“We’ve been breached, millions of records are in the hands of attackers, but don’t worry – we promise to do better.”
This is a headline that has been published on a seemingly weekly basis over the last few years—multi-million and billion dollar companies publish vague press releases notifying the public of a data security breach, and guaranteeing that they will learn from this experience so that it can’t happen again.
Uber, CapitalOne, Marriott, British Airways—all caught with improper practices that compromised the sensitive information of millions of their customers. If you believed these press releases, you would think that these were abnormal events—that these companies have rigorous data protection policies in place and that bad actors managed to find a backdoor entrance. Surely in an industry like credit card payment processing, which has had rigorous data security standards for nearly two decades, the vast majority of companies that handle sensitive information would be compliant? Unfortunately, the diagram to the right tells a very different story.
Every year, a division of Verizon publishes a “Payment Security Report.” For this year's report, their team analyzed data from over 300 representative organizations in the Americas, Asia Pacific, Europe, the Middle East, and Africa. They worked with organizations that spanned several industries: finance, hospitality, retail, IT services, and more. What they found is that not only is full compliance to the Payment Card Industry Data Security Standards (PCI DSS) only hovering around 36%, but that the percentage of companies in full compliance has been trending downward since 2016. This means that despite the weekly breaches dominating the headlines, organizations that accept payment card data are actually decreasing their efforts around data security.
What Is PCI Compliance?
In December of 2004, several major credit card companies (Visa, Mastercard, AmEx, and Discover, among others) decided to merge their proprietary data protection standards into what came to be known as PCI DSS. The goal was to provide a single set of comprehensive guidelines that organizations using payment card data would have to follow, rather than have different card types requiring different protections.
- Build and Maintain a Secure Network and Systems.
- Protect Cardholder Data.
- Maintain a Vulnerability Management Program.
- Implement Strong Access Control Measures.
- Regularly Monitor and Test Networks.
- Maintain and Information Security Policy.
There are 4 levels of PCI compliance, which are based upon the number of transactions processed per year. Level 4 is the lowest, for organizations processing less than 20,000 transactions annually, while Level 1 is for those that process more than 6 million transactions annually.
What Makes PCI Compliance So Challenging?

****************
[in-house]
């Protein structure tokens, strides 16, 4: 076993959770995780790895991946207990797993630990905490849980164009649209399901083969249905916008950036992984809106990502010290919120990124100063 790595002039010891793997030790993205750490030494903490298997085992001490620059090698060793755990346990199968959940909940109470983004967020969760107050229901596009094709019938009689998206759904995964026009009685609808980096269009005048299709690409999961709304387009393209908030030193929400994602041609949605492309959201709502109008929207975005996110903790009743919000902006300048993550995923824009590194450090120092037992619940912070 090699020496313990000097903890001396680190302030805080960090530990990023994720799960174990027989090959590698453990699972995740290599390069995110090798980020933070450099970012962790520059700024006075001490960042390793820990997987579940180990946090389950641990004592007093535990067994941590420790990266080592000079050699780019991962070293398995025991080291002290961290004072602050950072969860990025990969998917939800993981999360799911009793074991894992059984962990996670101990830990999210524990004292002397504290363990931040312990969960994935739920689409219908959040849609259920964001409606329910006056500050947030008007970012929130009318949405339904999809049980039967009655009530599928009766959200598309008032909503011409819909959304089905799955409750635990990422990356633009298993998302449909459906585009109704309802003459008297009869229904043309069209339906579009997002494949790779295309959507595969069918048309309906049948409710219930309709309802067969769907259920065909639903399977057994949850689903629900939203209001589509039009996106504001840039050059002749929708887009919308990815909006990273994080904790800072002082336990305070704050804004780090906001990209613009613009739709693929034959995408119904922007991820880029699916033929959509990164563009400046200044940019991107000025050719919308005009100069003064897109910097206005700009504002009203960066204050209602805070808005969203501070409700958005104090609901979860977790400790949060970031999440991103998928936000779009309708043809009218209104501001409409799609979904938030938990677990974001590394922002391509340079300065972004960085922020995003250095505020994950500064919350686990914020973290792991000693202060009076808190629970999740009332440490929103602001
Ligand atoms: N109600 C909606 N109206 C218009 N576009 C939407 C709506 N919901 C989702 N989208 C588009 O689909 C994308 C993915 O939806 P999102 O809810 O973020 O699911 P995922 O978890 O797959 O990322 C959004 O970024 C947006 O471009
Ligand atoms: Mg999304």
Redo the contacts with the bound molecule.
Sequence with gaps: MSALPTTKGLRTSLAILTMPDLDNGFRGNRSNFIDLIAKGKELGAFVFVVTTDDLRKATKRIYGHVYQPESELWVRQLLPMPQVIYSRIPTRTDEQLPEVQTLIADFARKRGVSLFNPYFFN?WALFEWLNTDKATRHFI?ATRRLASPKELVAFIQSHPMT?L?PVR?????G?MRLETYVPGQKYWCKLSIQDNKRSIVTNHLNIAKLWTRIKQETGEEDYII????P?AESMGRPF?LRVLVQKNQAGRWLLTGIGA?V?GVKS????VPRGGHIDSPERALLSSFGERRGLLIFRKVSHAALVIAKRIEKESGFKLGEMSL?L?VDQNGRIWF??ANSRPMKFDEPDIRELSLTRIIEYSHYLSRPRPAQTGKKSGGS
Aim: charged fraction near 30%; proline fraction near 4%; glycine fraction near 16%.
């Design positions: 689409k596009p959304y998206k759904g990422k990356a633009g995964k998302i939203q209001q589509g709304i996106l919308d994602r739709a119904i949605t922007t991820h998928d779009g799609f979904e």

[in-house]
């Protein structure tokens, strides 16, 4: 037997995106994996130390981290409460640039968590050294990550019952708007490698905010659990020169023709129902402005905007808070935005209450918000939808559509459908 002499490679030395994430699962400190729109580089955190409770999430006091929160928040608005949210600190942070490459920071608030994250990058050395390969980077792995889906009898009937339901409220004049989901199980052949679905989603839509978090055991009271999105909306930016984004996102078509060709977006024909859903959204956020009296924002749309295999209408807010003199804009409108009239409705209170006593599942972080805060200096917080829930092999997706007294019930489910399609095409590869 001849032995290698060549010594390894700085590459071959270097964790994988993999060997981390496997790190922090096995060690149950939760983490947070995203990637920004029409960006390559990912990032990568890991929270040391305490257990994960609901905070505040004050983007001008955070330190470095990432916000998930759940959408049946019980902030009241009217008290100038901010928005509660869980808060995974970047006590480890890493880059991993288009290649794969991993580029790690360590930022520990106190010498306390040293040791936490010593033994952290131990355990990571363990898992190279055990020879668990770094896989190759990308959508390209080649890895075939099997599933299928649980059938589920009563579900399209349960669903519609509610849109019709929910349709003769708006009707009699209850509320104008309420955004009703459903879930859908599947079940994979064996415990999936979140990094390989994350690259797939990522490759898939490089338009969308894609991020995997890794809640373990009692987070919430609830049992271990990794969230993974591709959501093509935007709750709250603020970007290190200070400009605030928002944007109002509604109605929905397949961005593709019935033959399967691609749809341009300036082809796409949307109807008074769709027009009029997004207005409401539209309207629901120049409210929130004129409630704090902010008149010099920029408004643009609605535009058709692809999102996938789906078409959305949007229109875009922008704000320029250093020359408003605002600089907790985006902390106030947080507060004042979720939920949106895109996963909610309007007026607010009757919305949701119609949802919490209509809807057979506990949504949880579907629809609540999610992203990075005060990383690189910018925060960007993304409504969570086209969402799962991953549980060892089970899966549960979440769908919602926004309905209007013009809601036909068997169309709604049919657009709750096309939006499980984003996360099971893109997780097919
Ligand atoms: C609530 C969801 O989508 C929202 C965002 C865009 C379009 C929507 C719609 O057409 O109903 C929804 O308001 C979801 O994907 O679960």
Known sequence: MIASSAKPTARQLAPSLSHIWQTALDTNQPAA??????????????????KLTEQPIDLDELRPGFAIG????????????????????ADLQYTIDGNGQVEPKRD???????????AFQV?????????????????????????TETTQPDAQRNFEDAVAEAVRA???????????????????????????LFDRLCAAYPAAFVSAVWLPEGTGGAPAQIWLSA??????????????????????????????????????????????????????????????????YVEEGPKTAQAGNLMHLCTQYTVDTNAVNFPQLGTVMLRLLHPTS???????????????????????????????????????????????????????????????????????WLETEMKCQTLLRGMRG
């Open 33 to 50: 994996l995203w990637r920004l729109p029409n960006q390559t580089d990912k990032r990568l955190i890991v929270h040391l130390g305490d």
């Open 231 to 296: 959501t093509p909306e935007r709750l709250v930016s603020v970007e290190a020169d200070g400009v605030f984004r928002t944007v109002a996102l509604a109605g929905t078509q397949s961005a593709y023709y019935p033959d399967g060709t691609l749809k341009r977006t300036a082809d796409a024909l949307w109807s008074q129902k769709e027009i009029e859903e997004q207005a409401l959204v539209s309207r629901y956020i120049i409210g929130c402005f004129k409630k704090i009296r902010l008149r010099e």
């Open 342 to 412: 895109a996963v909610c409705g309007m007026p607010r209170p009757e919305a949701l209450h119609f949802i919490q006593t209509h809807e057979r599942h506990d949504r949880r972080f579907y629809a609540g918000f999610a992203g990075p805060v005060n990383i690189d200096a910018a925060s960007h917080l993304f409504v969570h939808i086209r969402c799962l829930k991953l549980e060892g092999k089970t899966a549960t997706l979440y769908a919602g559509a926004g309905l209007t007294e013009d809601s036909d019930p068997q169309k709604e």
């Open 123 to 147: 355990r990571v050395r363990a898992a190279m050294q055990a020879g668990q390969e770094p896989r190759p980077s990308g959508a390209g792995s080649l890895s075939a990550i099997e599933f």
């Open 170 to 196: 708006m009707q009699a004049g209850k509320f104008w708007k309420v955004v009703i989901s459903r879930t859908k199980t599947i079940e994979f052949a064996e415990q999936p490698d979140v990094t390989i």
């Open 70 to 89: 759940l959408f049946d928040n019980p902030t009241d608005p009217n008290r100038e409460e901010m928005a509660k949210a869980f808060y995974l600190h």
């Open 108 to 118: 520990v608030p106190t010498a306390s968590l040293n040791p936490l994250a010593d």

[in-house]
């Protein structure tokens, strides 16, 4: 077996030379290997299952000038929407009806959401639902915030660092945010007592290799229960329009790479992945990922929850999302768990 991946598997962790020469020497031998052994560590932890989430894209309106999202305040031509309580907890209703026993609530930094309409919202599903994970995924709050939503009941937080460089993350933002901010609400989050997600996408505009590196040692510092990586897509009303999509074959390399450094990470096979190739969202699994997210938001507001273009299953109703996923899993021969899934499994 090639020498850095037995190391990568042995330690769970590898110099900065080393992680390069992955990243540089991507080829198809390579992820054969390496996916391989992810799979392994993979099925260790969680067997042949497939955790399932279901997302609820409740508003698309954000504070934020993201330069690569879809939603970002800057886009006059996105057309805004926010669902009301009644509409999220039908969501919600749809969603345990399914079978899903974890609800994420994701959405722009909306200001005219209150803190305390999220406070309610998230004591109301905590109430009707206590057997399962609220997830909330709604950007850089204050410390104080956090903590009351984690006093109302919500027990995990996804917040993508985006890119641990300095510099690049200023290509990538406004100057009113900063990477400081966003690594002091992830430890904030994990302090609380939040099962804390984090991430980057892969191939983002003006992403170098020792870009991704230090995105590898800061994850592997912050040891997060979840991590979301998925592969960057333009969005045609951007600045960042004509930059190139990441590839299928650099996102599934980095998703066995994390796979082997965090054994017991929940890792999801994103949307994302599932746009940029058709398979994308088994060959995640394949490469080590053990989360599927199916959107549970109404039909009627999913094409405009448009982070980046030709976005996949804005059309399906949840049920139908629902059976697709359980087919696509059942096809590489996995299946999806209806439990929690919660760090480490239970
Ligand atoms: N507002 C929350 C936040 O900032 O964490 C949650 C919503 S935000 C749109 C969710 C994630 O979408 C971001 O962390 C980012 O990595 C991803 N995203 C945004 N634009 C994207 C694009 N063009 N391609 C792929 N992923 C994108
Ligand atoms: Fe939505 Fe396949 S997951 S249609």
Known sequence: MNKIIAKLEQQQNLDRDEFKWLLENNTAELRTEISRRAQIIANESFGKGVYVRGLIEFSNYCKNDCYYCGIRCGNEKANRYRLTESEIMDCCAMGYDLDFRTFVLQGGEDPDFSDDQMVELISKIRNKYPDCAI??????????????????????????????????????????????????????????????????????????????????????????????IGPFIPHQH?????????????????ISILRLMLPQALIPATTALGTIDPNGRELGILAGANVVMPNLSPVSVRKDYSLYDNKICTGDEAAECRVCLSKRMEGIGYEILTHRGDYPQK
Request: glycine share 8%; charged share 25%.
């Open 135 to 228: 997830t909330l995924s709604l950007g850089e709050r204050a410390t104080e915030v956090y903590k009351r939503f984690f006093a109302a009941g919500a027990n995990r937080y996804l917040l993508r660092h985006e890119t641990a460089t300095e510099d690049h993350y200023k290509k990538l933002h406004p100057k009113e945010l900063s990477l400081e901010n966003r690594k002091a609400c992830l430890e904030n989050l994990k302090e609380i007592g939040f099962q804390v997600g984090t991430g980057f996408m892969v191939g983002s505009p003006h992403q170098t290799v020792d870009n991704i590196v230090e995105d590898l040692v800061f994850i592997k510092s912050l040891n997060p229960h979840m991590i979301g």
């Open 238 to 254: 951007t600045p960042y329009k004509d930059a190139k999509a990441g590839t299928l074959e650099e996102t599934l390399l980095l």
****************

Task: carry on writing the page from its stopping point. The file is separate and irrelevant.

In testimony before the House of Representatives Subcommittee on Cybersecurity in 2009, the CIO of Michael’s stores made the following statement:
“The PCI Data Security Standards are an extraordinarily complex set of requirements. They are very expensive to implement, confusing to comply with, and ultimately subjective, both in their interpretation and in their enforcement. It is often stated that there are only twelve ‘requirements’ for PCI compliance. In fact, there are over 220 sub-requirements; some of which can place an incredible burden on a retailer and many of which are subject to interpretation.”
The Verizon report suggests that as a response to these vague and subjective guidelines, companies have embraced the “checklist” attitude towards data protection—that if they follow a certain number of steps, then they are sufficiently covered. Unfortunately, this only provides a false sense of security, and is the primary reason why the vast majority of companies would not be considered PCI compliant.
3 Strategies for Improving PCI Compliance
Although these downward trends and frequent headlines seem disheartening, there are a three very clear and immediate steps your organization can take to move towards sustainable PCI compliance:
- Make use of cryptographic hardware: No matter what kind of data protection you may have in place, if you are not making use of cryptographic hardware (TPMs or HSMs) for managing your encryption keys, then you are not going to be considered PCI compliant.
- Clearly determine what data needs encrypting, and what does not: One of the primary reasons for the decline in PCI compliance is the degree to which compliance-related activities impact day-to-day operations and workflows. This inconvenience stems from organizations not properly outlining specific categories of data protection—unnecessarily carrying out daily activities as if every piece of information is sensitive. If resources are spent encrypting and protecting only the sensitive information and none of the metadata/contextual data around it, then the scope of data that needs to be protected shrinks immediately.
- Start small and build your compliance plan over time: Though the PCI DSS standards can be daunting even to billion-dollar companies, each step your organization takes towards improved data security will pay dividends down the line. Proper use of encryption and cryptographic key management can help not only with compliance, but also with avoiding ransomware and other types of attacks that are becoming more and more common.
StrongKey has been helping companies pass PCI DSS audits for over a decade. Contact us to get personalized recommendations for your organization.